Posted by: Rob Viens | May 25, 2012

Ascending Corcovado

After a day of rest, on May 25th Darwin took a little jaunt 2000+ feet up the slopes of Corcovado Mountain with his friends (who were clearly feeling better).  He describes the hike in his diary:

“Walked to the city to procure some things which I wanted, then joined Earl & Derbyshire & we proceeded together to ascend the Caucovado.” (May 25)

The start of the day trip – Corcovado Mountain from Botafogo Bay in the 1830’s and today. The peak with the sharp cliff face is Corcovado (painting from Conrad Martens, photo from rio-de-janeiro-travel-information.com):

Botafogo Bay by Conrad Martens

Corcovado Mountain

Darwin continues to describe the ascent::

 “The path for the few first miles is the Aqueduct; the water rises at the base of the hill & is conducted along a sloping ridge to the city. — At every corner alternate & most beautiful views were presented to us. — At length we commenced ascending the steep sides, which are universally to the very summit clothed by a thick forest. — The water-courses were ornamented by that most elegant of all vegetable forms, the tree fern. — they were not of a large size, but in the vividness of the green lightness of the foliage, & in the beautiful curve of head, they were most classically admirable.” (May 25)

Much of the Botafogo Bay region has been heavily developed today, but Corcovado Mountain and its immediate surroundings are actually part of a preserve– Tijuca Forest National Park. But this was not always the case.  Much of this region was turned into coffee plantations prior to the late 19th century (this was probably the case in Darwin’s time).  In the late 1800’s the entire region was actual replanted by hand to recreate the traditional forest.  This was done in an effort to protect Rio’s water supply (in much the same way cities such as New York City and Seattle have protected the ecosystems around their water supplies, as a proactive way to ensure a clean source of drinking water). Today it claims to be the largest urban forest in the world at 32 km2 (though I’m not sure how they define this claim). (For more on tree ferns, be sure to see The 300-Million-Year Legacy of Tree Ferns and Tree Ferns Revisited.)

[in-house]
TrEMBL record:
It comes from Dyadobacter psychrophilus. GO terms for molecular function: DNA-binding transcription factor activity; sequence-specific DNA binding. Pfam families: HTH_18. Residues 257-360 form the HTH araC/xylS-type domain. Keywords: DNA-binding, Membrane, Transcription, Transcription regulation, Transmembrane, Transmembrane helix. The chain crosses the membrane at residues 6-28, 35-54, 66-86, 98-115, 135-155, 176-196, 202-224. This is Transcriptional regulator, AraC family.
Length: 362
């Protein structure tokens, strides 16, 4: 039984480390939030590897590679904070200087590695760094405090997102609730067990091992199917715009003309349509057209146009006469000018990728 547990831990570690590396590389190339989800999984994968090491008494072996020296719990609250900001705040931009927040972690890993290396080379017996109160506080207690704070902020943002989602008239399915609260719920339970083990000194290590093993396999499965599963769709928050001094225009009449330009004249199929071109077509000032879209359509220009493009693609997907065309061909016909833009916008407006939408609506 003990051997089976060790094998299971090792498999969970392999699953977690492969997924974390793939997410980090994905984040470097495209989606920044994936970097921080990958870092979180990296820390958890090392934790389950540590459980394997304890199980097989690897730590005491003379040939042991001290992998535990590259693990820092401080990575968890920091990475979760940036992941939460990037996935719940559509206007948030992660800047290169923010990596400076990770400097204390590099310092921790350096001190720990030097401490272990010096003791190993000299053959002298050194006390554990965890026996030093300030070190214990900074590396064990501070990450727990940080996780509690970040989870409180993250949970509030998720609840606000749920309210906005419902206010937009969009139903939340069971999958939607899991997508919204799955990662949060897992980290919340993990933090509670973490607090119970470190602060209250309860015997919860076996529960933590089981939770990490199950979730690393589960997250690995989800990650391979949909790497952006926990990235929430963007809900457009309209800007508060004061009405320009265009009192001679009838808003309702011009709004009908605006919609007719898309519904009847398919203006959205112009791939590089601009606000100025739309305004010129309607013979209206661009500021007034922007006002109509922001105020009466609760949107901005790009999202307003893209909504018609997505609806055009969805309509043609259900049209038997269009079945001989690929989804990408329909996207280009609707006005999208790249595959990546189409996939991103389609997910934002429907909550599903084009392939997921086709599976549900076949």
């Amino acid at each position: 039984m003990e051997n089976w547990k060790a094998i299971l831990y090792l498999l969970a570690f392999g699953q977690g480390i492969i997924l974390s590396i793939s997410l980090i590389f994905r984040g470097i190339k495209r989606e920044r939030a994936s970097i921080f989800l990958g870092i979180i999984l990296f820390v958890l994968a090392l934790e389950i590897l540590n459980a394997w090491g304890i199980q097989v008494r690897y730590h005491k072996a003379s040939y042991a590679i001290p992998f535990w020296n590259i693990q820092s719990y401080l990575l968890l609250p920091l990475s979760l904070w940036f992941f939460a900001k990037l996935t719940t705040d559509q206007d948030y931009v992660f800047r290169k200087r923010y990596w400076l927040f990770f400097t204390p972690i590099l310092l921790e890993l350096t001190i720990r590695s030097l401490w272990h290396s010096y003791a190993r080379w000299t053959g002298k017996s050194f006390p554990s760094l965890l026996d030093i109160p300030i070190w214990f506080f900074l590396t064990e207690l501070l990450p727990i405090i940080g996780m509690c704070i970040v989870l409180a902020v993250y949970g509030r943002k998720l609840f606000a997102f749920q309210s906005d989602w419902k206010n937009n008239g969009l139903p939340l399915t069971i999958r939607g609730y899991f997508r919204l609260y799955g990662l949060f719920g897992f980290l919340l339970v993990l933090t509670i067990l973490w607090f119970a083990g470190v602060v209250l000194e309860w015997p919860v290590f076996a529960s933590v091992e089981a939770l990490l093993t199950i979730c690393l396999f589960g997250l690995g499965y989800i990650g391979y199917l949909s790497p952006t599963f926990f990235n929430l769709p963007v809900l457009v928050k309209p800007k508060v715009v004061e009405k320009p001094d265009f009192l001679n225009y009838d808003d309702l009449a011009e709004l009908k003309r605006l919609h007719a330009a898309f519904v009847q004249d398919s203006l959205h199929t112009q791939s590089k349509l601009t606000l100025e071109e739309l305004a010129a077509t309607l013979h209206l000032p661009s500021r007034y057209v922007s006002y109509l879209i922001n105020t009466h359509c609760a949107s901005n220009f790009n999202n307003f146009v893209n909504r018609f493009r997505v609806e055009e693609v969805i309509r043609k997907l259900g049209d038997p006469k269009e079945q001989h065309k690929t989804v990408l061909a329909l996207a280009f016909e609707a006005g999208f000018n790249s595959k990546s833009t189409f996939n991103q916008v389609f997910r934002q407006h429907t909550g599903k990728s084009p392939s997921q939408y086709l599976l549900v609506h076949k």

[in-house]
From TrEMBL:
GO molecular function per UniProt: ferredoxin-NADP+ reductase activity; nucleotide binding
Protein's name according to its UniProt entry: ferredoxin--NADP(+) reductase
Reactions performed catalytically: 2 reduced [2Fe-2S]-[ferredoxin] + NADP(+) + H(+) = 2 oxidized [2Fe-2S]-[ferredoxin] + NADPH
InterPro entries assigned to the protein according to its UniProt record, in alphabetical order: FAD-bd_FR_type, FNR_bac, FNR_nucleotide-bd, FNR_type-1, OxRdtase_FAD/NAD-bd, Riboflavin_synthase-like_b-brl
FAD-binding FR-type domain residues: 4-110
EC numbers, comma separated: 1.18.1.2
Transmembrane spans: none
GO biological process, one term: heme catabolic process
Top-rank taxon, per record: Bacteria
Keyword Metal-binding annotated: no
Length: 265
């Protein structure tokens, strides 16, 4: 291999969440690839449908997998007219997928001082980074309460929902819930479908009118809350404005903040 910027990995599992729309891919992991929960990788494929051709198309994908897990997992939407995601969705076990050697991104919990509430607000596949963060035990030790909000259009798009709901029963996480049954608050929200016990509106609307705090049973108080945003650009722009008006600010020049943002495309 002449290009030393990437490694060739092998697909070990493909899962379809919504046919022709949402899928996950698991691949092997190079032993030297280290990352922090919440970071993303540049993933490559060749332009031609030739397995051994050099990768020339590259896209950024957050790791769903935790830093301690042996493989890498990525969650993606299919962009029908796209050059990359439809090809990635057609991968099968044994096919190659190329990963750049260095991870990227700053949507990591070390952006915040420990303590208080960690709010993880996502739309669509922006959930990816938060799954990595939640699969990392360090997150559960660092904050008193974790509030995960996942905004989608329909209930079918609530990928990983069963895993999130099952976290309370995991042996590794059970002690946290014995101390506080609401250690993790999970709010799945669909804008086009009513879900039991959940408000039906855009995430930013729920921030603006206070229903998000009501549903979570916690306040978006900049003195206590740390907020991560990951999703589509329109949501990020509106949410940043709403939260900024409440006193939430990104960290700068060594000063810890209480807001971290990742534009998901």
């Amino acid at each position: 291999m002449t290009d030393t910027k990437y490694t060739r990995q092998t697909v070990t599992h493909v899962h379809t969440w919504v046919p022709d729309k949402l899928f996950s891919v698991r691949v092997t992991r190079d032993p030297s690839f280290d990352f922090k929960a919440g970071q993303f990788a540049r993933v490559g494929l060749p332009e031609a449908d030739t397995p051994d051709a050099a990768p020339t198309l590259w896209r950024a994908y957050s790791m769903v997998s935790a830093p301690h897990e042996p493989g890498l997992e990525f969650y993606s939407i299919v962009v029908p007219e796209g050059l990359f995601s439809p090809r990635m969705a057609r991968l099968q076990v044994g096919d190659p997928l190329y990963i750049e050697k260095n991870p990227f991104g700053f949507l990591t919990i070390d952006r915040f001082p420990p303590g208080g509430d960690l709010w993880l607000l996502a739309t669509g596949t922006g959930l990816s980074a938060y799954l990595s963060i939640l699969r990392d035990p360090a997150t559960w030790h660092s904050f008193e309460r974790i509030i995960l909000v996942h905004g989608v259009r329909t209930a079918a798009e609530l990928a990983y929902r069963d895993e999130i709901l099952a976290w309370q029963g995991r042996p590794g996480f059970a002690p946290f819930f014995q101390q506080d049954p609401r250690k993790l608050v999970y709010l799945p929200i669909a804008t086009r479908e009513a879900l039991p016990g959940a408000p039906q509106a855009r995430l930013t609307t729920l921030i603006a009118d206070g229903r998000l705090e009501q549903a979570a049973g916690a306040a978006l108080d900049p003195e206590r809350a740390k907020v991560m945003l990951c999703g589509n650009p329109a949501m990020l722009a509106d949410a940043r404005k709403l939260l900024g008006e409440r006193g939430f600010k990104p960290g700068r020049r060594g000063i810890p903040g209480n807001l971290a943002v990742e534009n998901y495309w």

At last the party reached to top and was rewarded with a spectacular view. I am particularly fond of this description:

“We soon gained the peak & beheld that view, which perhaps excepting those in Europe, is the most celebrated in the world. — If we rank scenery according to the astonishment it produces, this most assuredly occupies the highest place, but if, as is more true, according to the picturesque effect, it falls far short of many in the neighbourhead. — Everybody has remarked that a landscape seen from an eminence loses much of its beauty, & although here the two elements are largely present, which perhaps are least injurious from this cause, viz. an extent of forest land & of open sea, yet the observation holds good. — The Caucovado is about 2000 feet high, one side of it for nearly 1000 is so precipitous, that it might be plumbed with a lead. — at the foot there is a large wood; nothing pleased me so much as the beautiful appearance this presented when seen so nearly vertically. — It would lead one to suppose that the view from a Balloon would be exceedingly striking. ” (May 25)